Rattery Parish


Terry & Dot's Garden and Wildlife Advice Page 3


Information on this page is kindly provided by Terry and Dot Underhill

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February and early March is the usual time for Bumblebees to emerge from hibernation, although it is not unusual for there to be some in January on the hyacinths in our conservatory. The earliest Bumble bee is the young female Buff-tipped (Bombus terrestris), emerging from their nests, which can be up to a metre deep, free from frosts, in old mice or mole holes, where they have dried grass, leaves, moss or similar materials to line their nest. A female can lay enough eggs to provide more females, males and worker, with up to 500 individuals in one nest.
It is possible to encourage these very important pollinating insects by providing nesting places. A flower pot is buried upside down, preferably in a bank, with stones and a piece of tile or slate over the pot hole leaving enough room for a bee to enter the pot, but keeping out rain. The pot should cover suitable bedding of dry straw, grass, shredded paper or leaves, with preferably some material from a mouse nest or material soiled by mice or guinea pigs.. Do not forget to wash one’s hands thoroughly after handling soiled material.  Some organisations suggest a short length of hose pipe is fitted from the outside to the nest through which the bumble bees may enter or leave.
Female and worker Bumblebees can sting, but their sting is not barbed so it can sting repeatedly without harming itself, but the sting is weak and is rarely used as they are peaceful  insects.  

Spring is really on its way when snowdrops adorn roadside banks and many hedges and copse have shimmering displays of pendulous golden catkins 6-10cm long on leafless branches. These are the male flowers of Hazel (Corylus avellana) and produce copious amounts of pollen that can produce clouds of yellow when the conditions are warm and dry. The female flowers are small tufts of red that when pollinated produce the hazel or cob nuts. A British native occurring all over Western Europe, can reach 4-7m but is usually much lower being trained into hedges or coppiced every 6-7 years to produce long straight stems which have many uses. When enhanced by twining honeysuckle they make attractive walking sticks. Sadly the stems do not last long as morris dance sticks. The wood makes spars and pegs for thatching, cask hoops and hurdles, with the more twiggy branches as pea sticks. Fork twigs are used by water diviners. The cob nuts are much loved by squirrels while still green, with the mature nuts a favourite with rodents; the marks left by their gnawing teeth an indication of which specie is the culprit. Humans love the nuts which have been used in numerous ceremonies and celebrations, especially Halloween, which has also been called Nutcracker Night. Apart from eating the nut kernels, oils have been extracted, or ground into a fine floor and used in cosmetics. The bark and leaves have been used for tanning leather. It is relatively quick growing and is ver amenable to most soils. Unfortunately its main problem is that many people are allergic to  its copious pollen .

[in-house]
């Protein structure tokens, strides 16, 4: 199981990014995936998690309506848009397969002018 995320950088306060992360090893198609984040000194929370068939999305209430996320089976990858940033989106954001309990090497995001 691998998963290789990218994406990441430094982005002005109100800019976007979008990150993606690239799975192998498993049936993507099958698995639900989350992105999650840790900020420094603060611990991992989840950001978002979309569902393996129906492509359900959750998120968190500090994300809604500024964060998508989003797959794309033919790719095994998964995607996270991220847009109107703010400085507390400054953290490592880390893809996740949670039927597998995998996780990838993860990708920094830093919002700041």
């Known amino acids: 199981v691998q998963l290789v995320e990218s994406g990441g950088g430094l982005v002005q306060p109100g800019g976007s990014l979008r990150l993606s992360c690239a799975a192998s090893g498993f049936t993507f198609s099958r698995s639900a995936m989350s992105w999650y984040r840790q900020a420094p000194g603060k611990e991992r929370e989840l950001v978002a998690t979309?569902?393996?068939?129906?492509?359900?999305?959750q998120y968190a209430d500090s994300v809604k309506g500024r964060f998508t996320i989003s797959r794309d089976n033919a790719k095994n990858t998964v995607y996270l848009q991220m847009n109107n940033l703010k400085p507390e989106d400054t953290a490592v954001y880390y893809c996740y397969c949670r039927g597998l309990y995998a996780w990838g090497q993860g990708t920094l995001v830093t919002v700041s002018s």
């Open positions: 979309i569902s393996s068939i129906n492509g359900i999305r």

The tall (1.5m) perennial with frothy, pink flower heads flowering in August in parts of our hedge banks, especially those with a little moisture, has the lovely local name of ‘Raspberries and Cream’ alluding to the colour of the flowers. As they mature and set seed the Cornish name of ‘Bread Flower’ is more appropriate. It is known Nationwide as Hemp Agrimony (Eupatorium cannabinum) the names Hemp and cannabinum resulting because the leaves have a slight resemblance to Hemp/Cannabis - but that is where the similarity  ends. The flower heads are made up of masses of small pink/purple flower with long white stamen stalks (styles) at the top of reddish stems.   It is a member of the daisy family. There are double flowered and deeper colour forms that some gardeners ‘risk’ growing in their herbaceous borders. I say ‘risk’ because although an excellent plant for attracting butterflies and numerous other insects, it can spread rapidly from its many feathery seeds which float far and wide on the slightest breeze and become a ‘Garden Thug’. However planted in a sunny, protected corner of the garden it will usually become superior to Buddleia (Buddleja) when it comes to attracting insects